3 Steps to Personal Financial Success – Part I: Goal Setting


Financial Success – A Definition

What is your definition of financial success? For many of us it means different things. And for most people, it is a vague definition with out a set number or desired result. Most people declare that they want to be “rich” or have enough money so that they don’t have to work.

Well, what is that number? What is rich to you? What steps have you outlined to reach this goal? Your definition of financial success should be a personal definition, not some generic definition that someone created in general. But, if you cannot think of one on your own, a generic definition may be a good place to start. That being said, here is my personal definition that my wife and I decided on:

Financial success – the ability to be able to pay bills without worry, be free of debt, help others with our time and financial resources, save our children’s college tuition/trust funds saved in the amounts of (amounts here), and are on track with our savings plan to have saved the money we want to have by (our date here).

Pretty lengthy definition huh? Well, one of the most important things for being a success in anything is clarity. If you are single, you must be clear as to what it is you are trying to accomplish for yourself. If you are married, you must both be clear on what it is you want together, as well as individually, and put a game plan together to begin, gauge, and accomplish your goals.

Step 1 – Establish Clearly Defined Financial Goals

In order for you to reach a destination, you must be able to see where you are going. Have you ever tried swimming through mud? It would be very hard to do. In addition, you wouldn’t be able to see where you are going and the frustration would probably lower your determination and you would give up. If you don’t have financial goals set, this is exactly what you are doing.

Why do this if you don’t have to? Clearly Defined Financial Goals allow you to see where you are, where you are going, and gives you a way to track your progress. Imagine swimming in the clear waters off the coast of Bermuda – able to see the underwater life and go exactly where you want to go. You can see the dangers and avoid them. If you get off course, you can see where you came from and adjust your direction. Goals in any part of your life give you this power.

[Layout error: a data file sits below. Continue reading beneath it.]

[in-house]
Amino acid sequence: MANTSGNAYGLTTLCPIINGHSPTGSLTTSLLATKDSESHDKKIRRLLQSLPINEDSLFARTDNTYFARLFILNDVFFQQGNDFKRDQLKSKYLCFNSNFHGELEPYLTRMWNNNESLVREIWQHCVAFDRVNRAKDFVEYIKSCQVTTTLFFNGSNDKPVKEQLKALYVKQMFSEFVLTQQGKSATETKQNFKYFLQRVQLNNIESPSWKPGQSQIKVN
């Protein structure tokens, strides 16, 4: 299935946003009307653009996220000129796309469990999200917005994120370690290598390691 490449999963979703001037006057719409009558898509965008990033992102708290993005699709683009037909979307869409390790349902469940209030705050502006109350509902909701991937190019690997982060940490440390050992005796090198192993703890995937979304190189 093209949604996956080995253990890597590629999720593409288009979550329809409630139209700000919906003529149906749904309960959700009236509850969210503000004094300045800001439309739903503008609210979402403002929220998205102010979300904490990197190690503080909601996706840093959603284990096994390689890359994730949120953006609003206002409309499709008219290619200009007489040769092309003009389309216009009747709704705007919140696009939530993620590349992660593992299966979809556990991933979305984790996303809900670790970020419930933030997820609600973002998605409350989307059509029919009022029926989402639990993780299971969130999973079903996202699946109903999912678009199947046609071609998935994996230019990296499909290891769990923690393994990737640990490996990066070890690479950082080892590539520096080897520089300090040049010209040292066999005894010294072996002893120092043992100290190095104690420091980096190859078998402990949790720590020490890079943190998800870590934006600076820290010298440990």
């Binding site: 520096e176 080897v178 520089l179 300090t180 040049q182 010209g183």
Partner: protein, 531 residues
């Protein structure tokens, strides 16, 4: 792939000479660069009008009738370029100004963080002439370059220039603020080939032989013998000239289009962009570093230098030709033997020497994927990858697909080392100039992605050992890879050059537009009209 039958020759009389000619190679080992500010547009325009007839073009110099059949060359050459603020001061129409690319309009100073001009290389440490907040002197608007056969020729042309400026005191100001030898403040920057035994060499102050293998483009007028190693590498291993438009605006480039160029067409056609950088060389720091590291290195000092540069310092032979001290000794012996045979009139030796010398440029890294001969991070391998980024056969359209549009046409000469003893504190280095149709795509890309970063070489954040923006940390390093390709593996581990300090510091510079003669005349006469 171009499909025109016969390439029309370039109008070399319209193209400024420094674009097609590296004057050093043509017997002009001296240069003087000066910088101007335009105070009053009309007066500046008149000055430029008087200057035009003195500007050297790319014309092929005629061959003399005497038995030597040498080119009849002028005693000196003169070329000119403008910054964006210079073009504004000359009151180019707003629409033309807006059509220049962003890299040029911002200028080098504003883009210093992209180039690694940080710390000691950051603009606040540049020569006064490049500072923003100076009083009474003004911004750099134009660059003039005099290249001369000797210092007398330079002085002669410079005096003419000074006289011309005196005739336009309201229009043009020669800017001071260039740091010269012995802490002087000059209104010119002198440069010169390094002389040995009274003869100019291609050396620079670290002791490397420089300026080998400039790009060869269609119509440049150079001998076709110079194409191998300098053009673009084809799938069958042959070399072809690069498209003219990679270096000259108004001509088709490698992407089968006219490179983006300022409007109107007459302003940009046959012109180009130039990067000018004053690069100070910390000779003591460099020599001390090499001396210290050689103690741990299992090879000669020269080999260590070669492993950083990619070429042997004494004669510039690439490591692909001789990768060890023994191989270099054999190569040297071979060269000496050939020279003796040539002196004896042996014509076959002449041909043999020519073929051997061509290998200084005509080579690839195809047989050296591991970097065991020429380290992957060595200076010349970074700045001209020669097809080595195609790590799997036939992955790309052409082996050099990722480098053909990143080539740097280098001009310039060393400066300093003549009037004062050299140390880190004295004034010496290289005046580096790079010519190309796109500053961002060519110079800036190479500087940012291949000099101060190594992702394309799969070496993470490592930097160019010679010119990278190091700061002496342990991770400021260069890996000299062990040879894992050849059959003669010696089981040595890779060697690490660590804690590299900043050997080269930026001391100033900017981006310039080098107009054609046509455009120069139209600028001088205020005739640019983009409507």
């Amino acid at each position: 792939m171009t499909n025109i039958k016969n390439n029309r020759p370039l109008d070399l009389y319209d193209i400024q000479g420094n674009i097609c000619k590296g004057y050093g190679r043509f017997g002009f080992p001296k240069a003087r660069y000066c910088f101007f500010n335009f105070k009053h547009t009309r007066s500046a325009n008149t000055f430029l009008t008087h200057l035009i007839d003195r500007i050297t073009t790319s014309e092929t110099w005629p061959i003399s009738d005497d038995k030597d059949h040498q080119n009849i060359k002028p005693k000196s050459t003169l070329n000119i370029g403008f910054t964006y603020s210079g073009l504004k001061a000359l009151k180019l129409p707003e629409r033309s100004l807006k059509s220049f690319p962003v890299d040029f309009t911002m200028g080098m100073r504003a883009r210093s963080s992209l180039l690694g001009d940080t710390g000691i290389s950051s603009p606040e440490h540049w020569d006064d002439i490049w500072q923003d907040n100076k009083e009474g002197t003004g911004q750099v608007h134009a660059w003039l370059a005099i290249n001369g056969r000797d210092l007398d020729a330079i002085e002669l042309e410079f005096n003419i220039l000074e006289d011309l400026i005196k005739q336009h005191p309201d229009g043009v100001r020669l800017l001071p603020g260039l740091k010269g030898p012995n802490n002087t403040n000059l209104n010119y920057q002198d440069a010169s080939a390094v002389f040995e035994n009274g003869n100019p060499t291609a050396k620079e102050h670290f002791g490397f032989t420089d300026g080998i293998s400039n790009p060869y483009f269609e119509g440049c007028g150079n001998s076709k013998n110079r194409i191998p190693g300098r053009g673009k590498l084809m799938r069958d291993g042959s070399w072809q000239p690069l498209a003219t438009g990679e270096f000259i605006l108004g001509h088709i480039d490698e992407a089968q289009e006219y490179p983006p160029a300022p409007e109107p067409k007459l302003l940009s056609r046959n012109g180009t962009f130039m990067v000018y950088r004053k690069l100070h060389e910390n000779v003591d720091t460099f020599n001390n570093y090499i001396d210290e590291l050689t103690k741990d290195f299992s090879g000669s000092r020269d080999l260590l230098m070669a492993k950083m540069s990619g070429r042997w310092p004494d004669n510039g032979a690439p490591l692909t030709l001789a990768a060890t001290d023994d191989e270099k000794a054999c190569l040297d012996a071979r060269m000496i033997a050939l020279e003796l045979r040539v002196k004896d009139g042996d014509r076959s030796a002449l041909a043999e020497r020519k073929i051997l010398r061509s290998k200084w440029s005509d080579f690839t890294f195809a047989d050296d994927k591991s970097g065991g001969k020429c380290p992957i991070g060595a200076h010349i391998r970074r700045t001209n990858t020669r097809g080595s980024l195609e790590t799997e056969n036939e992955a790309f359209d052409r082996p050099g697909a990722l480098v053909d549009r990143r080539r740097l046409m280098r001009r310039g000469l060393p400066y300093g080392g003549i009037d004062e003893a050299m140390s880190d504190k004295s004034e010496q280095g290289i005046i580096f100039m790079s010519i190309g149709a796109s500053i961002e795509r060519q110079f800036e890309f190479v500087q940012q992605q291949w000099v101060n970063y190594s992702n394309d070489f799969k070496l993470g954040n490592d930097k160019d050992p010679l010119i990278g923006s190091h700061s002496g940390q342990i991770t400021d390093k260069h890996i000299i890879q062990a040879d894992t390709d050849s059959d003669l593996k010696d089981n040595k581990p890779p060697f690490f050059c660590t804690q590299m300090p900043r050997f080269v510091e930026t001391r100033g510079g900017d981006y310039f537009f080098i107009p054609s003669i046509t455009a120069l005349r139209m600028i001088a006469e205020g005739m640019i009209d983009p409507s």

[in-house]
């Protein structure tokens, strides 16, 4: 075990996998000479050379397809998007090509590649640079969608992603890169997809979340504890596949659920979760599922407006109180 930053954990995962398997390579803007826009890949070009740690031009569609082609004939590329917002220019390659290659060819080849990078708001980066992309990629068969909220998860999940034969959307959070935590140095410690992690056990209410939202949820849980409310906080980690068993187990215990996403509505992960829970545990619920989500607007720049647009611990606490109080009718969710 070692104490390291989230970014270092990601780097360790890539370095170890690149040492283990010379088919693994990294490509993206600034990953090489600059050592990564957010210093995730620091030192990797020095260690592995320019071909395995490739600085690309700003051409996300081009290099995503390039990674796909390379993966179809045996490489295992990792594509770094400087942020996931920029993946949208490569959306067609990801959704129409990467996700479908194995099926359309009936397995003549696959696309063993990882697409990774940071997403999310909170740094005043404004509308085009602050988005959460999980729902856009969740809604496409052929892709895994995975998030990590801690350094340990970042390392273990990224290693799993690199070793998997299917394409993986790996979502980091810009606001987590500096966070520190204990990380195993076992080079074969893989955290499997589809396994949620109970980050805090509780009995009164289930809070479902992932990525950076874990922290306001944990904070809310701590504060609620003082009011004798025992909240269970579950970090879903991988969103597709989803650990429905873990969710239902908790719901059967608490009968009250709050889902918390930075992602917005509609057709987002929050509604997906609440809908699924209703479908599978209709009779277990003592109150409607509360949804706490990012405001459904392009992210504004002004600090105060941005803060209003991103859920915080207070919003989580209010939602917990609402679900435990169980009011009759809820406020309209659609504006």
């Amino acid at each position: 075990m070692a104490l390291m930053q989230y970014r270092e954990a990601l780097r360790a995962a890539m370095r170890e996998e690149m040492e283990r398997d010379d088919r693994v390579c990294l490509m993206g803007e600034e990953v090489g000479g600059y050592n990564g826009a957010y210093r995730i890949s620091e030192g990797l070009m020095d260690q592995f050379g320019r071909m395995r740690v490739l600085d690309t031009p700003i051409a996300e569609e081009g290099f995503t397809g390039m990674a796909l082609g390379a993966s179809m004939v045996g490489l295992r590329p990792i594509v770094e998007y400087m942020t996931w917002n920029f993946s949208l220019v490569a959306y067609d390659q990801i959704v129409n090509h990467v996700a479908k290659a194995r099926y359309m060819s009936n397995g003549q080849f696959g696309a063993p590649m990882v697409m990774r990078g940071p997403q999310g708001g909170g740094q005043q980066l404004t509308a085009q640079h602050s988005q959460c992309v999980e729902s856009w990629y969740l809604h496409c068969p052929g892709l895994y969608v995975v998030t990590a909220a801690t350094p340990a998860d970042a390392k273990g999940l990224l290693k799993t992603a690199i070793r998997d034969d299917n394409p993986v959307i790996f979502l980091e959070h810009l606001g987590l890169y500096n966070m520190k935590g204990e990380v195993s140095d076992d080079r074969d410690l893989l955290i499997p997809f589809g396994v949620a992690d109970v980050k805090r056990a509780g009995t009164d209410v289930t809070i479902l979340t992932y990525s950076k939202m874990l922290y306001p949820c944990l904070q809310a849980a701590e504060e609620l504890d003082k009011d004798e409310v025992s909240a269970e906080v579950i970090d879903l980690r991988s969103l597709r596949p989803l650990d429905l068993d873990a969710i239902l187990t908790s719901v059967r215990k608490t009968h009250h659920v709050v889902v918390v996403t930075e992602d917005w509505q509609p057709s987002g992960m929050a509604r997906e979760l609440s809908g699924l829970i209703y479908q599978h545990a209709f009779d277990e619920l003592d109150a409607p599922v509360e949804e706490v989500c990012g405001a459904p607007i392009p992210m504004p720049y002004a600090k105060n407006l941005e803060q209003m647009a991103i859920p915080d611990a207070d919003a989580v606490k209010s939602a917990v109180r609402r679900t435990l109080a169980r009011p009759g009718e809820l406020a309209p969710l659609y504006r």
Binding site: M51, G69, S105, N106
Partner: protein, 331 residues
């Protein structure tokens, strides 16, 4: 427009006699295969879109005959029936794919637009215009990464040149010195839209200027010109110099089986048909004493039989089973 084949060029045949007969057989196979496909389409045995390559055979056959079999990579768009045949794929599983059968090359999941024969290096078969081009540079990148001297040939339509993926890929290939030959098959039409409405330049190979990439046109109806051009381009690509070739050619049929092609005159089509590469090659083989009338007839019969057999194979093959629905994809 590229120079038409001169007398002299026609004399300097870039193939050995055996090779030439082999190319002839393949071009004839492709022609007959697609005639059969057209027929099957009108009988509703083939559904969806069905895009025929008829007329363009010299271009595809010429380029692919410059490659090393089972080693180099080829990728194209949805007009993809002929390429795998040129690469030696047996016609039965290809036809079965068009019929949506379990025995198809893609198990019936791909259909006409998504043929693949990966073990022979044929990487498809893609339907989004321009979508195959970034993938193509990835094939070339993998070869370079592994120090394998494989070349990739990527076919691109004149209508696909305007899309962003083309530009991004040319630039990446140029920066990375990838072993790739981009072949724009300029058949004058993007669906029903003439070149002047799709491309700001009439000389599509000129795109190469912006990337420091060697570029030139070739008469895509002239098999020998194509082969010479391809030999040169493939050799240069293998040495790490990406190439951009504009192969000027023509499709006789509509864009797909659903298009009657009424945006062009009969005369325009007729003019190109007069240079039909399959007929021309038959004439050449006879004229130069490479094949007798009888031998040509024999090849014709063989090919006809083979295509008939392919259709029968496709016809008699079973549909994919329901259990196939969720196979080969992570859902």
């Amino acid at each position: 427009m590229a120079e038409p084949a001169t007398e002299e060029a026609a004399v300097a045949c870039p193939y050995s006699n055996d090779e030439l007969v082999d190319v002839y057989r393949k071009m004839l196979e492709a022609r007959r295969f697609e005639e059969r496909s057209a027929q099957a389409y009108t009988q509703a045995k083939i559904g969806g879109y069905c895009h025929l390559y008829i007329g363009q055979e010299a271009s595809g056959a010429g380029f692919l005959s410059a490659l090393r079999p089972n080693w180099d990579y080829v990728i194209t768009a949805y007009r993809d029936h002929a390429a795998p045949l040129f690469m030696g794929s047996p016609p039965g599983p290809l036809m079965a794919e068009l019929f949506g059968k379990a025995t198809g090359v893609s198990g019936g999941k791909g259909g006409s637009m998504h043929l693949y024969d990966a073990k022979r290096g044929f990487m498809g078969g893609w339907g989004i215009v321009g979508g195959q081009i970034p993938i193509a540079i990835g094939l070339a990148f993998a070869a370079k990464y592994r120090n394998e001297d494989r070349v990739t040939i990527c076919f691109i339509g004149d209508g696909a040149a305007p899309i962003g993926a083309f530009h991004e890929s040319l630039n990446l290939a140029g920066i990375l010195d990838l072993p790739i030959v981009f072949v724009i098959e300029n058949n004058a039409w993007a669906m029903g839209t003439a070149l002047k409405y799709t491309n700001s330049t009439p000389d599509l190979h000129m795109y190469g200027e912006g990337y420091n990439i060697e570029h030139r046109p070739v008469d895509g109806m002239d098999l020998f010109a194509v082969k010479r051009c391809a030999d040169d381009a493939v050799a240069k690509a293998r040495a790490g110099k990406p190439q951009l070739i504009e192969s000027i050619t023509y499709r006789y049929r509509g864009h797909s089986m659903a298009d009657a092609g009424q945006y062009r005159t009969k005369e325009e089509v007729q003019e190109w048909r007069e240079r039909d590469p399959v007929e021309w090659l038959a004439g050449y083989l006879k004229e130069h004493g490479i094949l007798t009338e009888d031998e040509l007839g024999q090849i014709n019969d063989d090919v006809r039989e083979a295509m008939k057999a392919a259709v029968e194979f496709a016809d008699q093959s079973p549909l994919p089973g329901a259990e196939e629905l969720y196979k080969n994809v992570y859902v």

How to Set Financial Goals – Short Term

So how do you go about setting financial goals? I’m glad you asked! Setting short-term goals is important because they help you achieve your long-term goals. You can set short-term goals that look something like this:

  • I will save $600 by June 2005, starting now, by putting away $100 a month. I will have it automatically drafted.
  • I will drink only 1 soda a day starting today, instead of three, and save the difference in a Money Market account with (Name of Company) from (today’s date) to (1 year from today’s date).
  • I will save $5000 this year in my Mutual Fund account with (Name of Company) by having $208.50 drafted bi-weekly from my pay.
  • These short-term goals answer the questions who, what, when, where, and how. Do your goals do this? It may be time to revamp. I can’t stress enough the importance of clarity. Without clarity, your action will be more so inaction than progress.

    How to Set Financial Goals – Long Term

    For long-term goals, you want to be just as clear. As a matter of fact, your long-term goals will follow the same format, but will have dates that are further in the future. For example:

  • I will have saved $500,000 by my 55th birthday by setting aside ($ set number of dollars) for (set number of years) by having it automatically drafted into a Roth IRA with (Name of Company).
  • On September 5th, 2020 I will have saved ($ set number) for my child’s tuition / trust fund by having ($ set number of dollars) drafted from my paycheck bi-weekly.
  • The short-term goals that my wife and I have set put us in sync with our long-term goals and our definition. The greatest part about all of this is – if our thinking changes about our future plans, we can make adjustments and continue the course.

    I am confident that the first part of this series is helpful to you, or has at least put you back on track to your financial goal. Stay tuned for 3 Steps to Personal Financial Success – Part II: Budgeting.

    Source by Gordie Prescott

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